For much of an overcast Tyneside afternoon Arsène Wenger wore the dissatisfied expression of a man forced to travel to Europe by cramped budget charter flight rather than first-class private jet.
Threatening only sporadically from open play, his slightly jaded-looking Arsenal players did not exactly arrive in the Champions League in style but the important thing is that, for a 16th successive season, they have got at least as far as August's play-offs.
With Wenger's team struggling to translate control into goals, winners can rarely have proved more priceless than Laurent Koscielny's scrambled, close-range decider. As the final whistle blew, Wenger, suddenly wreathed in smiles, hugged his staff, players and even Alan Pardew, a managerial rival with whom he has not always enjoyed the most cordial of technical area relations.
Seconds earlier the home manager had applauded the opposing bench, a classy gesture that, nonetheless, can only have intensified the pain felt by his club's backroom staff. Mike Ashley, Newcastle United's owner, had promised everyone from the St James' Park tea ladies to the kit-man a share in a £1m bonus if Arsenal were beaten and several employees must have felt that a winning lottery ticket had just been blown out of their hands by a capricious, particularly cruel, breeze.
Judging by Newcastle's recent home form – featuring nine goals conceded in the previous two games here against Sunderland and Liverpool – cynics may say Ashley had taken a distinctly low-risk gamble but this was a sufficiently improved performance from Pardew's players to, at times, threaten to part him from his cash.
Early signs were certainly not entirely encouraging for Wenger. The moment when Fabricio Coloccini all too comfortably knocked Theo Walcott off the ball and the ease with which the overlapping Mapou Yanga-Mbiwa dodged Per Mertesacker before the home left-back unleashed a dangerous cross did not bode well for the visiting manager's peace of mind.
If they were mighty relieved to see Papiss Cissé shooting fractionally over the bar after connecting with that cross, Wenger's players had already realised that they were up against a very different Newcastle side from the sorry ensemble of recent surrenders in front of the Gallowgate End.
Wenger's Champions League mission was hardly aided by Pardew's decision to configure his team in the flexible 4-3-3 formation which invariably seems to add much needed fluency to Newcastle's game.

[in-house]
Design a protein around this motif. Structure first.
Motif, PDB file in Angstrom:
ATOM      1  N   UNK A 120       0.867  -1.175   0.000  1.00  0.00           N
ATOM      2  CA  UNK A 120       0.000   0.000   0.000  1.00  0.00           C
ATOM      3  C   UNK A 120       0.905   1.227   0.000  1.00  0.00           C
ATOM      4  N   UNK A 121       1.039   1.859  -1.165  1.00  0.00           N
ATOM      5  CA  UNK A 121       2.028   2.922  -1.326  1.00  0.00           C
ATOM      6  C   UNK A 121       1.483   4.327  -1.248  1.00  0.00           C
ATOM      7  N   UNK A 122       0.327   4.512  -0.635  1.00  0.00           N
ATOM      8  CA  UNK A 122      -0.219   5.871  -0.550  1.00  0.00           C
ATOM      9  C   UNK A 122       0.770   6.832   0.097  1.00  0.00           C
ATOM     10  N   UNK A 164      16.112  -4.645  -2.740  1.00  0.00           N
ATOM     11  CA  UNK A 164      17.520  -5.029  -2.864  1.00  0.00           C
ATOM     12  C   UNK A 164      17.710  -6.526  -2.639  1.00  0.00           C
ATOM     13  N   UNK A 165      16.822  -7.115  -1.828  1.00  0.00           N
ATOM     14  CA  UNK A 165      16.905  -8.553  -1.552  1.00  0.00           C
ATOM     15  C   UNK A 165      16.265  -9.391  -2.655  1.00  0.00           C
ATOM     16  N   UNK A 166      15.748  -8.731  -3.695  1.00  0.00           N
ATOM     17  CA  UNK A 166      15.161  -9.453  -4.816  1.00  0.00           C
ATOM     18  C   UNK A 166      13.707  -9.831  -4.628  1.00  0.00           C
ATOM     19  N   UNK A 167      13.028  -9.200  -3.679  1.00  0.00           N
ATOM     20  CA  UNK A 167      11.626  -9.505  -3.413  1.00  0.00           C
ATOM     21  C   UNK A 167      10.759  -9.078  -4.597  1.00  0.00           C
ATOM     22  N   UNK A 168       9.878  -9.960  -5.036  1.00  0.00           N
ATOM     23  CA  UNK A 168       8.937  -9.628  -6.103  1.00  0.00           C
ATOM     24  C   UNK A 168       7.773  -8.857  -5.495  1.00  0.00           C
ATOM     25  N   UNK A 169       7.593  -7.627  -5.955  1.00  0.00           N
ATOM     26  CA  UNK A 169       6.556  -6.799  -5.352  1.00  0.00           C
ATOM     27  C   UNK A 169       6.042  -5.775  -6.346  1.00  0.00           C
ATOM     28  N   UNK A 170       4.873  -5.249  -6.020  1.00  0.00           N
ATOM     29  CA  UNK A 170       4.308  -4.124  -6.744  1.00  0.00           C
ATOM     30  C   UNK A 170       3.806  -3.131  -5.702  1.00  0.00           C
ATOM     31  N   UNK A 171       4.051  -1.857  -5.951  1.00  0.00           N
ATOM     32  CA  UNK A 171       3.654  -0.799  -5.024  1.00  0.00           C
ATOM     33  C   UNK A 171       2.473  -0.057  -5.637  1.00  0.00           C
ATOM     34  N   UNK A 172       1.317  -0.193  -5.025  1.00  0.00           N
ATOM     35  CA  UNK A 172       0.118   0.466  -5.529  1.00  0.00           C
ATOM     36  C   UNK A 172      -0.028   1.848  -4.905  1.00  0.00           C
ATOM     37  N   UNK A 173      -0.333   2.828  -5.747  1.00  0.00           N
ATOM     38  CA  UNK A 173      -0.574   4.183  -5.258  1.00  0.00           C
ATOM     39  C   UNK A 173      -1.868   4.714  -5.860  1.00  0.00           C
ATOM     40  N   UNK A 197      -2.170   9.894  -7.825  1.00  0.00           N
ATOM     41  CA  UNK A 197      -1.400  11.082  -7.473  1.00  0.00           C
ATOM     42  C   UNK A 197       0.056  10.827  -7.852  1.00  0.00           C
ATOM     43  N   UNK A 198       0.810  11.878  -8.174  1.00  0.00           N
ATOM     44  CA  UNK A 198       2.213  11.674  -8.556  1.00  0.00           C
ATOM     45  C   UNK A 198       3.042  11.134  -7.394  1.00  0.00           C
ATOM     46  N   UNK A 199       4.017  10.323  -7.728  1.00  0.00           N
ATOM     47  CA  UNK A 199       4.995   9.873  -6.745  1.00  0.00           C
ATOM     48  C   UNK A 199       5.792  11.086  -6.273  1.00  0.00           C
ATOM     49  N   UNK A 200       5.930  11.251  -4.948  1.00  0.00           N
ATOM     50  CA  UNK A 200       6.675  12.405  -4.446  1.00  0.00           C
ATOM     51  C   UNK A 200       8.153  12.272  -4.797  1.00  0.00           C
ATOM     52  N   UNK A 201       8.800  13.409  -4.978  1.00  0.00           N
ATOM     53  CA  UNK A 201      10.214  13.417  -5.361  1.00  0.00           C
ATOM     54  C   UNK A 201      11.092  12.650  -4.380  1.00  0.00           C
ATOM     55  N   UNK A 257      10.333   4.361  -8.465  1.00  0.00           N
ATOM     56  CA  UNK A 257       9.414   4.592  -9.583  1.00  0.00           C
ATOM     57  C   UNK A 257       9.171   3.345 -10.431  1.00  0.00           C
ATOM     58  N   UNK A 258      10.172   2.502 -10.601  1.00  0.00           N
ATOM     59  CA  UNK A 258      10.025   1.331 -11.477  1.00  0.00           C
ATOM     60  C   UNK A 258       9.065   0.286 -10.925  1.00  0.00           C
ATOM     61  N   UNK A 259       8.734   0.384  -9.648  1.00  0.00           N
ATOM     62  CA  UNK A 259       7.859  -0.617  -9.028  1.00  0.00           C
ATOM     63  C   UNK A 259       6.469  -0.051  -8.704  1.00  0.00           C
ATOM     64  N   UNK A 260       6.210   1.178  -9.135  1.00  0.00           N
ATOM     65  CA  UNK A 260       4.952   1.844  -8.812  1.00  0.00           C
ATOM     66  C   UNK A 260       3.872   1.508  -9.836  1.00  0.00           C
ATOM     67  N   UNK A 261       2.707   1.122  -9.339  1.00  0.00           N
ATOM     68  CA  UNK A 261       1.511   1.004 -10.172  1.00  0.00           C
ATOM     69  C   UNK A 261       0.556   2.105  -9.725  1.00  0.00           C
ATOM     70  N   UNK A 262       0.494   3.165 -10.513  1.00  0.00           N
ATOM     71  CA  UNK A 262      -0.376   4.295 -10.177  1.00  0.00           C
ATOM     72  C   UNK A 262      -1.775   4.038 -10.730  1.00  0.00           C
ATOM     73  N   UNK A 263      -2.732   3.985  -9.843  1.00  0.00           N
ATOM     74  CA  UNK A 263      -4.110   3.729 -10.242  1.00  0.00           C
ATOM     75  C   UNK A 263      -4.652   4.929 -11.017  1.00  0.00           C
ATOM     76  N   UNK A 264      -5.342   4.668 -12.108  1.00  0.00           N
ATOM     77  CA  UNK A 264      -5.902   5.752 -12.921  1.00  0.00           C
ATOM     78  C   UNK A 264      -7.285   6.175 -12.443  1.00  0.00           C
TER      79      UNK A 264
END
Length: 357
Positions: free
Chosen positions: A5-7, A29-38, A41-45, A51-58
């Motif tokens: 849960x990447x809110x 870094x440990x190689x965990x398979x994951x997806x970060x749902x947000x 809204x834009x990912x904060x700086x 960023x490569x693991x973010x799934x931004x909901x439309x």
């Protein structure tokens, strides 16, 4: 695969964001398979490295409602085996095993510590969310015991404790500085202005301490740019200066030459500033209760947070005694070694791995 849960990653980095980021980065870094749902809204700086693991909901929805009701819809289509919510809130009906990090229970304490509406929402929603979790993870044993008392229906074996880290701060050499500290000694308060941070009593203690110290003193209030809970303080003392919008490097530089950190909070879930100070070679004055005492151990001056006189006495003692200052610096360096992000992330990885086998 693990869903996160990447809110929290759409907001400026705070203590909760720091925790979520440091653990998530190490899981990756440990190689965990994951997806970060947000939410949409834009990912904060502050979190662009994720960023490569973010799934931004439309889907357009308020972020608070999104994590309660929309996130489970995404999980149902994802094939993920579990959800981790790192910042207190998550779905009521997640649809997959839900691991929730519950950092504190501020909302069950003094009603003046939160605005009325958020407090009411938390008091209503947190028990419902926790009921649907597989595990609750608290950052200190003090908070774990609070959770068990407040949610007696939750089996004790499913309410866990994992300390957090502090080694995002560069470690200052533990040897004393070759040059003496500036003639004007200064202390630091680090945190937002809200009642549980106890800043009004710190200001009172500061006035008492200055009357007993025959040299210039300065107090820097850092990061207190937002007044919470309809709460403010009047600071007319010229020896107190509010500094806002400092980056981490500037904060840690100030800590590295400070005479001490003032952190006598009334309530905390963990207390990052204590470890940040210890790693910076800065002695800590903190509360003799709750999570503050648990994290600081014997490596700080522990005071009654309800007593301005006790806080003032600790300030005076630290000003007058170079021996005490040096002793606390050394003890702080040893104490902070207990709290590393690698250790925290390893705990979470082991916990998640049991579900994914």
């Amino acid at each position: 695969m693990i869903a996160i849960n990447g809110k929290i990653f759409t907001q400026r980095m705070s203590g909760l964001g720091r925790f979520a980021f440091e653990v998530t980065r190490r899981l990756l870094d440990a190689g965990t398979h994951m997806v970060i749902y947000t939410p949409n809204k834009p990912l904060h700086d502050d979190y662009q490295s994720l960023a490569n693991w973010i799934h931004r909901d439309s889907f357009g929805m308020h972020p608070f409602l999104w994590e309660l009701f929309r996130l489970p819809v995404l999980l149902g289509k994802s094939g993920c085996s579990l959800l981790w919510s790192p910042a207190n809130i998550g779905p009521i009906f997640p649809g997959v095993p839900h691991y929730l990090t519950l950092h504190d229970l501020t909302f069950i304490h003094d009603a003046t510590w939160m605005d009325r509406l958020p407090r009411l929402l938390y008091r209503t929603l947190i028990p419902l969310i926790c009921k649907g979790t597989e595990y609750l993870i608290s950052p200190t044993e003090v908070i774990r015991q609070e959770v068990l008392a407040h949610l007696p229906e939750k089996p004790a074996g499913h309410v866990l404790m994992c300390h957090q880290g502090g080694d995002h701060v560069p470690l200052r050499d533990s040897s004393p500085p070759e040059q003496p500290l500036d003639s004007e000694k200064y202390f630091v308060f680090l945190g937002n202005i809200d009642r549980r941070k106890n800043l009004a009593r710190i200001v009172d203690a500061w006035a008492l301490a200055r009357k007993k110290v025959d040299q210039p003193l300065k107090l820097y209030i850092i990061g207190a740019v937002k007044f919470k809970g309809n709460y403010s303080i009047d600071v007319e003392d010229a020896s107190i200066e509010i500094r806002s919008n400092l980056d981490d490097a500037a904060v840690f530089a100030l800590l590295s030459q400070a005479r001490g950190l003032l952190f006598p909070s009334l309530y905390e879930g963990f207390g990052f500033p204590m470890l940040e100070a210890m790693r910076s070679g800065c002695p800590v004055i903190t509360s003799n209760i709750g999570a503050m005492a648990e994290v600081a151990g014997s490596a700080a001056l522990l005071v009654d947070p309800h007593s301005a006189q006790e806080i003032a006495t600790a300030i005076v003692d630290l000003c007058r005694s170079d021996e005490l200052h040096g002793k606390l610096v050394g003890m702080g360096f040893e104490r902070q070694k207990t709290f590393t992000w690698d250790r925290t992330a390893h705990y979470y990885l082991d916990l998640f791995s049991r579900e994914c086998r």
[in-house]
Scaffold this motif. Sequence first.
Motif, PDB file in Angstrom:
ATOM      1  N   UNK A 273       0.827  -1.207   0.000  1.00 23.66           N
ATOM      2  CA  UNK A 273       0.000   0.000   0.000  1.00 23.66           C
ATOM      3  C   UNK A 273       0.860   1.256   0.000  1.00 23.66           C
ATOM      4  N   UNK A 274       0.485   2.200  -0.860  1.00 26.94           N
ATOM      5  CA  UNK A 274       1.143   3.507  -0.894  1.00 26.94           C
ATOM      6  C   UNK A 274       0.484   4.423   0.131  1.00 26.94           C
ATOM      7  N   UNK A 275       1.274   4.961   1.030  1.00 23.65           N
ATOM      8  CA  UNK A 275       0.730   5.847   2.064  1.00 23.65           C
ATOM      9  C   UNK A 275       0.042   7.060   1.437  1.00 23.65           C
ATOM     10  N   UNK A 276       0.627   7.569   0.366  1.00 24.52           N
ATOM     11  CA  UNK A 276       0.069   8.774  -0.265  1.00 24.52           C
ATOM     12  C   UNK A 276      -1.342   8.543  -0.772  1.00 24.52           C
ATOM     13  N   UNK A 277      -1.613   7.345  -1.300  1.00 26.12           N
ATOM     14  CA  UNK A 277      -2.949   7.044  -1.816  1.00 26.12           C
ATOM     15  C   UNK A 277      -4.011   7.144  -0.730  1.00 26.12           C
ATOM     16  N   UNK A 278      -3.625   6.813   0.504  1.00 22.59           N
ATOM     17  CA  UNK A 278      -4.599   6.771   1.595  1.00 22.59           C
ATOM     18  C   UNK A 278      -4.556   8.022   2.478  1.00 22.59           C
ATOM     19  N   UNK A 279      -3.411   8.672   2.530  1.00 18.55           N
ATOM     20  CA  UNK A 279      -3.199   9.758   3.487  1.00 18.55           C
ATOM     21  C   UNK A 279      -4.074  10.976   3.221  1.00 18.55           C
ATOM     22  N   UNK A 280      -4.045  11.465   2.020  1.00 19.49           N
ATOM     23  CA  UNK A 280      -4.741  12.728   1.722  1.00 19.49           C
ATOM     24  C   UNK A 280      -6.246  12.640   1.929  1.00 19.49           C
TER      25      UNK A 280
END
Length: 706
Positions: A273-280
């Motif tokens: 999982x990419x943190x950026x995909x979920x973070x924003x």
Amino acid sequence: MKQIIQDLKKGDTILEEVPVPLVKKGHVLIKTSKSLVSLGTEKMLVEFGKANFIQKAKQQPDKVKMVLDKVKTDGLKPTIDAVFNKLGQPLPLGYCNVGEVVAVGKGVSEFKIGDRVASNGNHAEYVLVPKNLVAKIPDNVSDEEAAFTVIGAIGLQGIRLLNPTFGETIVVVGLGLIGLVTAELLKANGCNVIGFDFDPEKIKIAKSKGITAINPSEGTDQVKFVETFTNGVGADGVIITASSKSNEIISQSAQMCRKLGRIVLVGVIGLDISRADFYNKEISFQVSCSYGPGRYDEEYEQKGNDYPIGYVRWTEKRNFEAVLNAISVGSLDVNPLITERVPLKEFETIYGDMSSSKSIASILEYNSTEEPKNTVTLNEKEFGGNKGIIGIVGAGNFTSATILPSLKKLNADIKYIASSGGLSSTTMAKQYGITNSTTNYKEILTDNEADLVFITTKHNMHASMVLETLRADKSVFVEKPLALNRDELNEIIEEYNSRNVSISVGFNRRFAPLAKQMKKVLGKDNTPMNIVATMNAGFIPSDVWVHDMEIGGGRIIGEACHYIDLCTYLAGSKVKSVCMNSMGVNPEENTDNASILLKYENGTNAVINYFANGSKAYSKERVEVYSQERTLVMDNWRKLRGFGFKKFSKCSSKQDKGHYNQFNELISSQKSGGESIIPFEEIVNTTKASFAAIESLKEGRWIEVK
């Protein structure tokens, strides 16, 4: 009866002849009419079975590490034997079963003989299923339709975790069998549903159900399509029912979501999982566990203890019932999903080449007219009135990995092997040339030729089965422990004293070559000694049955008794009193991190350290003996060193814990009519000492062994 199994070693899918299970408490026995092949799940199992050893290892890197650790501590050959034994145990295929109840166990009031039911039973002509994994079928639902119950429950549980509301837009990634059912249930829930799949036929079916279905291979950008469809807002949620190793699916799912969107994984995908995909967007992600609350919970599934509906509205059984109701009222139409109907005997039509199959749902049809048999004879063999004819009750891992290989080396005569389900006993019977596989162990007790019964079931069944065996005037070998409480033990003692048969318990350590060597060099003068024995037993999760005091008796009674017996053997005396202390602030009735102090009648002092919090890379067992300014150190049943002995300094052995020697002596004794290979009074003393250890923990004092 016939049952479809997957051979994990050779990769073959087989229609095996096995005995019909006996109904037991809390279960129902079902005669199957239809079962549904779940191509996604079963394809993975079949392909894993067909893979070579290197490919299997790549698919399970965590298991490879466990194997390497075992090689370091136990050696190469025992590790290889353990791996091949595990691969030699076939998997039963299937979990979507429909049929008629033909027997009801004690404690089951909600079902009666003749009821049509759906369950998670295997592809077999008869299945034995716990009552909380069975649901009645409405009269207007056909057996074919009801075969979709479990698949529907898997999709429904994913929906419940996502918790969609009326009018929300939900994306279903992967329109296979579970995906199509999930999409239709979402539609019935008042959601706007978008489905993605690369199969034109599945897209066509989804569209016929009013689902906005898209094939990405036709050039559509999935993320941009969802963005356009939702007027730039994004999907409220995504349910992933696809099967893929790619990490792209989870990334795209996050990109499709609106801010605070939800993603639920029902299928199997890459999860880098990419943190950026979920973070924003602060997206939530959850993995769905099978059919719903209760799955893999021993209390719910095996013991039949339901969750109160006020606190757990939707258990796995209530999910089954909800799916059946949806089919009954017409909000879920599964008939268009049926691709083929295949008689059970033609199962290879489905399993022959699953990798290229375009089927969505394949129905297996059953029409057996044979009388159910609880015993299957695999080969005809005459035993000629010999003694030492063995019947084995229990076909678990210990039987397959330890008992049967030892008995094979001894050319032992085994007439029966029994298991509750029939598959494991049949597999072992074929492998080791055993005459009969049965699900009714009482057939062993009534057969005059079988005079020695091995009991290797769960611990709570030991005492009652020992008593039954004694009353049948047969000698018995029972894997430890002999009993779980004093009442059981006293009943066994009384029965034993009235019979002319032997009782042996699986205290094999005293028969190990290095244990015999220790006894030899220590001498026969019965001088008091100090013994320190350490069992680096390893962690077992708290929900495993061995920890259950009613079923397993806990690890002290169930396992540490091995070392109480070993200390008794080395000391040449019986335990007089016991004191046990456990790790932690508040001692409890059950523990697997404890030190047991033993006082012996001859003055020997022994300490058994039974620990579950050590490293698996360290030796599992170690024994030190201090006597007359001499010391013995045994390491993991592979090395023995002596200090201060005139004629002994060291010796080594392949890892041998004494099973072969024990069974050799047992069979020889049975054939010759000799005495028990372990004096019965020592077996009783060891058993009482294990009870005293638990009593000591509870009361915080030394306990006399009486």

A mild afternoon had begun to turn a little chilly but, perhaps feeling the heat created by potentially being forced into a most unwanted Europa League diversion by Tottenham Hotspur, Wenger removed his jacket. The not so subliminal message was that Arsenal needed to roll up their sleeves.
They almost took a sizeable step towards much more coveted Wednesday night fixtures against sides such as Barcelona and Bayern Munich when Walcott saw a free-kick deflect off Coloccini and sail fractionally wide of a post.
Steve Harper, Newcastle's 38-year-old third-choice goalkeeper playing his final game for the club after 20 years at St James' Park, looked suitably relieved. Later, as the electronic clocks clicked on to 37 – the goalkeeper's shirt number – and St James' Park offered him a wonderful, spontaneous ovation Harper was spotted wiping away a tear. As "only one Steve Harper" echoed round the ground all those seasons spent sitting on the bench understudying Shay Given and, more recently, Tim Krul, must have seemed fully worth it after all.
By then Wenger's frown lines had deepened in the wake of some heavy limping on Mikel Arteta's part. With the gamble on the influential midfielder's fitness having failed, he was replaced by Alex Oxlade‑Chamberlain.
The newcomer found himself up against opponents whose starting XI included five of his manager's compatriots. Among that French quintet Hatem Ben Arfa, especially, provoked assorted problems for a visiting defence in which Koscielny held commendably firm even if Mertesacker still seemed uneasy.
Impressive throughout at the other end, Coloccini and Steven Taylor protected Harper admirably, leaving the goalkeeper possibly slightly disappointed to be so underemployed during a tight first half in which the better half-chances fell to Newcastle. Worryingly for Wenger, Arsenal were not their usual selves in open play and, with Cheik Tioté cramping some of Santi Cazorla's customary creativity and Aaron Ramsey's passes regularly going astray, Lukas Podolski remained on the game's periphery.
Harper's slapdash clearance at the outset of the second half had Geordie hearts in mouths but when Walcott shot low towards the bottom corner, the goalkeeper stretched out a hand and, finger-tipping it to safety, redeemed himself leaving Taylor to clear as Cazorla homed in.
Harper though was soon picking the ball out of the net and Wenger not only putting his jacket back on but buttoning it up. Significantly, Arsenal's goal came from a set piece, Koscielny hooking home from three yards after Mertesacker headed on Walcott's free-kick.
Arsenal were finally in control and slowing the game down at every opportunity. Yet as news filtered through from White Hart Lane that Gareth Bale had finally scored for Tottenham, Wenger - who offered Jack Wilshere a late cameo -looked rueful when Walcott's shot rebounded benignly off a post and relieved as Olivier Giroud made a surprisingly effective tackle to deny Ben Arfa. A neutral dropping in from Mars or Venus would never had guessed that Newcastle narrowly avoided relegation, but single games do not reflect entire seasons. As Pardew acknowledged: "We should have done better." Happily for Wenger, Arsenal had done just enough.
Man of the match Laurent Koscielny (Arsenal)